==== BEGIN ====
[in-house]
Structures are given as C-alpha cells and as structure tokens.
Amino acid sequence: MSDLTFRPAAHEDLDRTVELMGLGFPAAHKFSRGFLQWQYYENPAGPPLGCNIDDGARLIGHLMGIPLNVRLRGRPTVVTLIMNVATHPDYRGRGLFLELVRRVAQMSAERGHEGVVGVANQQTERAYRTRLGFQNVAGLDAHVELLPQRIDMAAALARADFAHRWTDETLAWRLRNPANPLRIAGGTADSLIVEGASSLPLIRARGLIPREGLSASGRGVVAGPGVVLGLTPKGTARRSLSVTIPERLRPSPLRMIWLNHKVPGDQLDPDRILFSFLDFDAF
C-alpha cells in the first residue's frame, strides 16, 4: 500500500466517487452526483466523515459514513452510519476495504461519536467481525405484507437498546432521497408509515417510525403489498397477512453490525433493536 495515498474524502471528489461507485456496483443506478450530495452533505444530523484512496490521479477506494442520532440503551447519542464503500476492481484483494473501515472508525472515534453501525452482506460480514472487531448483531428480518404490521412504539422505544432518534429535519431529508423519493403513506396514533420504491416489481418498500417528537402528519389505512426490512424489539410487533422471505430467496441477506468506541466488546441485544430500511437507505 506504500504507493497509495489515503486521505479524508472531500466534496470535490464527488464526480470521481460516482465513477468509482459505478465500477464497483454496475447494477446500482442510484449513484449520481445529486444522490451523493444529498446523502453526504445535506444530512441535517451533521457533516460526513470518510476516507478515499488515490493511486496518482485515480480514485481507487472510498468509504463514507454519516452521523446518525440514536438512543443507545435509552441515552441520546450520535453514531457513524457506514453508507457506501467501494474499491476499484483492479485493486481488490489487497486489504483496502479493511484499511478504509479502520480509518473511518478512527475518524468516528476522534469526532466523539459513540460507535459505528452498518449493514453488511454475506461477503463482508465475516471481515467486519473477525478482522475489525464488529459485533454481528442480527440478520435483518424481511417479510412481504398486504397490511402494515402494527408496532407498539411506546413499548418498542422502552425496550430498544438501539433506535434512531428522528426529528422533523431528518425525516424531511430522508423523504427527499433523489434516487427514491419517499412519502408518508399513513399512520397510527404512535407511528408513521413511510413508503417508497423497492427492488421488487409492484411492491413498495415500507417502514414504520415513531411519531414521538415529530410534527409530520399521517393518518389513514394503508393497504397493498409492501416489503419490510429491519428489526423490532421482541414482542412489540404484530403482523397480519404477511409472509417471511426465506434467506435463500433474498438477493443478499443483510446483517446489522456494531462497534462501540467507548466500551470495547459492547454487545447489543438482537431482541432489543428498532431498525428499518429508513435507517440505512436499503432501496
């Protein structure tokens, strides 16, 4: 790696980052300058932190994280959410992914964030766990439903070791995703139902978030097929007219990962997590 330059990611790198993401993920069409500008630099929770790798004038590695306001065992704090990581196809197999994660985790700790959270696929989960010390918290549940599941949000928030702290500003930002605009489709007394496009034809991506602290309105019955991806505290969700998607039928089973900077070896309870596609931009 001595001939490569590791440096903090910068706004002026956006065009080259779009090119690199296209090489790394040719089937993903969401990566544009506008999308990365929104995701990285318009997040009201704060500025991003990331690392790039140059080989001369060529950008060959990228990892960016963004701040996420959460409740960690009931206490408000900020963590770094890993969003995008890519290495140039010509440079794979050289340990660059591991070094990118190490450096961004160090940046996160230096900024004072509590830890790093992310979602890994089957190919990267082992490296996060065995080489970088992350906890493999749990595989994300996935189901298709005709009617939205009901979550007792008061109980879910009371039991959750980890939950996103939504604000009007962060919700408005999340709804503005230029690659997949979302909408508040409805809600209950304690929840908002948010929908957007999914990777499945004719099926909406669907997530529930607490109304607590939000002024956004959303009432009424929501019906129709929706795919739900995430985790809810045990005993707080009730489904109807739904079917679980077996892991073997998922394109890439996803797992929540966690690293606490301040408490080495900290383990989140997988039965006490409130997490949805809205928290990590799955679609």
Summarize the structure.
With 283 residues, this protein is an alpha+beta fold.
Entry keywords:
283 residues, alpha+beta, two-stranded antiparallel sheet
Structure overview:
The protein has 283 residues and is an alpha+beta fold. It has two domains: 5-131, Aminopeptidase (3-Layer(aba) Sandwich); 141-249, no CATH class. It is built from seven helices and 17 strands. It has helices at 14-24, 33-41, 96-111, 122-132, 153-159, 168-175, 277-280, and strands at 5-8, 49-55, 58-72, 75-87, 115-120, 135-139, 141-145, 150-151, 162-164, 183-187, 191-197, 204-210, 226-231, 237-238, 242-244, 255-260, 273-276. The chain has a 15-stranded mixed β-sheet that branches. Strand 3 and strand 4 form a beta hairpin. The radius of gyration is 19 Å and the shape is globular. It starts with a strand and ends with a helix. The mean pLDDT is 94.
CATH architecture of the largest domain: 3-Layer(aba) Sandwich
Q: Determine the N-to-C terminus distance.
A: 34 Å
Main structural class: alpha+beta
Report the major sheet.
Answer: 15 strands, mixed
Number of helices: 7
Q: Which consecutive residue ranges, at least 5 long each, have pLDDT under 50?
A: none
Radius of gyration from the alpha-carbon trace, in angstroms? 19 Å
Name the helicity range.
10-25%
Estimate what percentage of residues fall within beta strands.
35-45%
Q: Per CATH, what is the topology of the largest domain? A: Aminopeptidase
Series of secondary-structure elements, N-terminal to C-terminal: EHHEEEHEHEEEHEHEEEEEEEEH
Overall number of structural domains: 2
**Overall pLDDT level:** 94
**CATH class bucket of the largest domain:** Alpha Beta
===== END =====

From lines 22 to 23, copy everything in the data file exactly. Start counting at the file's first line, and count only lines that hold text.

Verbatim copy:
Name the helicity range.
10-25%